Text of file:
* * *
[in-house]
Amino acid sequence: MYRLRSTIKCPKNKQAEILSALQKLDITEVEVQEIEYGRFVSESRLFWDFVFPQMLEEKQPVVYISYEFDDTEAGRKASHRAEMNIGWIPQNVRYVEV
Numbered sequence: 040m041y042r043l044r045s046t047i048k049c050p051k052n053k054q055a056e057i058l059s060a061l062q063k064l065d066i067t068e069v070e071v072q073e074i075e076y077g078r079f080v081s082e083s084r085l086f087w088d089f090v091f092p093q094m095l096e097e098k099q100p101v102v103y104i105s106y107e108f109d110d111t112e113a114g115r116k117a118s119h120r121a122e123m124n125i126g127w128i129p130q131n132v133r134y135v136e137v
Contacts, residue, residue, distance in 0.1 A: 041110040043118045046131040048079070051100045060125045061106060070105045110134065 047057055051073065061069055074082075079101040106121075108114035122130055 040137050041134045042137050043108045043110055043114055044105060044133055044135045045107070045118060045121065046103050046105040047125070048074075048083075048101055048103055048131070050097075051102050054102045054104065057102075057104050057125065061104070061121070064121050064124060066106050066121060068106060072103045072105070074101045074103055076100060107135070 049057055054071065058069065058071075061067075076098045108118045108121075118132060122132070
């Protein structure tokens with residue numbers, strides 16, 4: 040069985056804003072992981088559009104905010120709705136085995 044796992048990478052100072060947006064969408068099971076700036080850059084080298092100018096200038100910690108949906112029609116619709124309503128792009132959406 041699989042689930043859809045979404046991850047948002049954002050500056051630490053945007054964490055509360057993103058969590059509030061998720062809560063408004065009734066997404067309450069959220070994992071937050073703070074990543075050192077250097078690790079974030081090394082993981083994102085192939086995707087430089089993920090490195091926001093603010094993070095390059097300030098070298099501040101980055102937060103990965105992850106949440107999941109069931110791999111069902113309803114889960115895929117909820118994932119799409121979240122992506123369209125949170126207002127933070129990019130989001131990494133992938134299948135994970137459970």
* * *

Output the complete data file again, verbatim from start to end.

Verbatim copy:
[in-house]
Amino acid sequence: MYRLRSTIKCPKNKQAEILSALQKLDITEVEVQEIEYGRFVSESRLFWDFVFPQMLEEKQPVVYISYEFDDTEAGRKASHRAEMNIGWIPQNVRYVEV
Numbered sequence: 040m041y042r043l044r045s046t047i048k049c050p051k052n053k054q055a056e057i058l059s060a061l062q063k064l065d066i067t068e069v070e071v072q073e074i075e076y077g078r079f080v081s082e083s084r085l086f087w088d089f090v091f092p093q094m095l096e097e098k099q100p101v102v103y104i105s106y107e108f109d110d111t112e113a114g115r116k117a118s119h120r121a122e123m124n125i126g127w128i129p130q131n132v133r134y135v136e137v
Contacts, residue, residue, distance in 0.1 A: 041110040043118045046131040048079070051100045060125045061106060070105045110134065 047057055051073065061069055074082075079101040106121075108114035122130055 040137050041134045042137050043108045043110055043114055044105060044133055044135045045107070045118060045121065046103050046105040047125070048074075048083075048101055048103055048131070050097075051102050054102045054104065057102075057104050057125065061104070061121070064121050064124060066106050066121060068106060072103045072105070074101045074103055076100060107135070 049057055054071065058069065058071075061067075076098045108118045108121075118132060122132070
């Protein structure tokens with residue numbers, strides 16, 4: 040069985056804003072992981088559009104905010120709705136085995 044796992048990478052100072060947006064969408068099971076700036080850059084080298092100018096200038100910690108949906112029609116619709124309503128792009132959406 041699989042689930043859809045979404046991850047948002049954002050500056051630490053945007054964490055509360057993103058969590059509030061998720062809560063408004065009734066997404067309450069959220070994992071937050073703070074990543075050192077250097078690790079974030081090394082993981083994102085192939086995707087430089089993920090490195091926001093603010094993070095390059097300030098070298099501040101980055102937060103990965105992850106949440107999941109069931110791999111069902113309803114889960115895929117909820118994932119799409121979240122992506123369209125949170126207002127933070129990019130989001131990494133992938134299948135994970137459970």